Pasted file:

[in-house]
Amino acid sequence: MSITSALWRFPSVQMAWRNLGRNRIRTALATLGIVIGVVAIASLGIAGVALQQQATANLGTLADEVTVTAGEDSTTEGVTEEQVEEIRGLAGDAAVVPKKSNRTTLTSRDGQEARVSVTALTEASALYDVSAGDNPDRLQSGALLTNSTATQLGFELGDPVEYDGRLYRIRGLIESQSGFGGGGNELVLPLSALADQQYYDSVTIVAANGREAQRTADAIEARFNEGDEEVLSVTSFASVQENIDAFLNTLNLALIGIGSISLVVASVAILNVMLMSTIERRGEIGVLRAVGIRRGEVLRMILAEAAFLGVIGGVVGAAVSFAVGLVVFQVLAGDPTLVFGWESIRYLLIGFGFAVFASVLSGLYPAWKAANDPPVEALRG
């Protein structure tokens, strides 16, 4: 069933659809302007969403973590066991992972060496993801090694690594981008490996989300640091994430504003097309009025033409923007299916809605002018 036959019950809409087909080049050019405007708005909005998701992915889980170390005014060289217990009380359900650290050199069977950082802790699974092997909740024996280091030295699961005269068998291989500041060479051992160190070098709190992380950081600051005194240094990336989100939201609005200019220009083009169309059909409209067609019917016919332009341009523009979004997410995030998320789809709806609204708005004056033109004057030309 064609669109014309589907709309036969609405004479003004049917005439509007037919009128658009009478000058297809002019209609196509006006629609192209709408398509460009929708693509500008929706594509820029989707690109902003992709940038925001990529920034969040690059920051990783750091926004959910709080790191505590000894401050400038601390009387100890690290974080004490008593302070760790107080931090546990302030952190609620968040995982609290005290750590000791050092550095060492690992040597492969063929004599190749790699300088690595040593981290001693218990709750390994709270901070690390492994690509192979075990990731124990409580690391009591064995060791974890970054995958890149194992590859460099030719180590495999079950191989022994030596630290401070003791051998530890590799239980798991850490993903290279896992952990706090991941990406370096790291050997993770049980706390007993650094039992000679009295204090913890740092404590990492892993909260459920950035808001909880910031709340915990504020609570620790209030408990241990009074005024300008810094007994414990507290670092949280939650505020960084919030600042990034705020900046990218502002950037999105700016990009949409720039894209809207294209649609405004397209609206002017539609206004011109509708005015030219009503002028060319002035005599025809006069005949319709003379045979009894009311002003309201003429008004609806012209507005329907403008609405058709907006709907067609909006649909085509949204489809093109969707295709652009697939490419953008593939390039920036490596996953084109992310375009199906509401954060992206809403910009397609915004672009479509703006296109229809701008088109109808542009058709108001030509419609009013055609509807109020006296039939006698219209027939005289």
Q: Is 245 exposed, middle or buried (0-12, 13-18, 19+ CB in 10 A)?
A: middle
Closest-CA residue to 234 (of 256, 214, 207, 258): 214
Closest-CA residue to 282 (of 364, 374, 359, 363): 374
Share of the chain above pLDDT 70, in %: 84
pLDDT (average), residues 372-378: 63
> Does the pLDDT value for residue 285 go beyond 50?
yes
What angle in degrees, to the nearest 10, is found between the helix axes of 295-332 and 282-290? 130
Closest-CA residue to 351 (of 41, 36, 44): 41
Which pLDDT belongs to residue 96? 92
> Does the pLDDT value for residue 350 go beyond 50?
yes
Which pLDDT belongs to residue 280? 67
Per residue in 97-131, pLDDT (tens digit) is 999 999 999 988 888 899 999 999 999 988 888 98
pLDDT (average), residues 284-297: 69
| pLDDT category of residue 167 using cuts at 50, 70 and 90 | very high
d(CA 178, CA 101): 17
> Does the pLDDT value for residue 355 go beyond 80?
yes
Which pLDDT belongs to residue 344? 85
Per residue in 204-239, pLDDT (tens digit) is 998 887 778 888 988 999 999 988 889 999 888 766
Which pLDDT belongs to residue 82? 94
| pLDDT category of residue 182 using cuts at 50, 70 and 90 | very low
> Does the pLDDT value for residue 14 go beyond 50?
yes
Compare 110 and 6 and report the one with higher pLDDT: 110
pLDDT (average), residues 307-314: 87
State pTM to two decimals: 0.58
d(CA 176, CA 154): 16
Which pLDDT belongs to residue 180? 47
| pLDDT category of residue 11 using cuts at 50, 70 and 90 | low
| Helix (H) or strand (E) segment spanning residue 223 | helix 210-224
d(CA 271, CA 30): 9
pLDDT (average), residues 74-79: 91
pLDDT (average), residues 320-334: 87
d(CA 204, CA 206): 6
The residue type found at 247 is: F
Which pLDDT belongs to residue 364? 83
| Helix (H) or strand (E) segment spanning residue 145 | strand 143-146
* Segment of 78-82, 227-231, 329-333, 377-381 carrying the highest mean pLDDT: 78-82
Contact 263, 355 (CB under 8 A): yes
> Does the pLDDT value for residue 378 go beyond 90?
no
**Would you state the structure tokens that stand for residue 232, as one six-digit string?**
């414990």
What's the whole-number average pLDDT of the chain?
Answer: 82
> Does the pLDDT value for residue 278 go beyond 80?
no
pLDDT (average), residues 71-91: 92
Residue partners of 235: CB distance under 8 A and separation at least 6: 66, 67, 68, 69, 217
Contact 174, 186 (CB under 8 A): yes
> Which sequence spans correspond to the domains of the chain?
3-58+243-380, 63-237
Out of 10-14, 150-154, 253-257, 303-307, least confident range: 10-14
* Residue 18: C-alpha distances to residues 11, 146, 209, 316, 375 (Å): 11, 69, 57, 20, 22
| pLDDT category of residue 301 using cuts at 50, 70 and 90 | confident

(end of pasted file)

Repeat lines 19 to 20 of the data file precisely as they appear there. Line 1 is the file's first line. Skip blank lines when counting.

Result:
pLDDT (average), residues 284-297: 69
| pLDDT category of residue 167 using cuts at 50, 70 and 90 | very high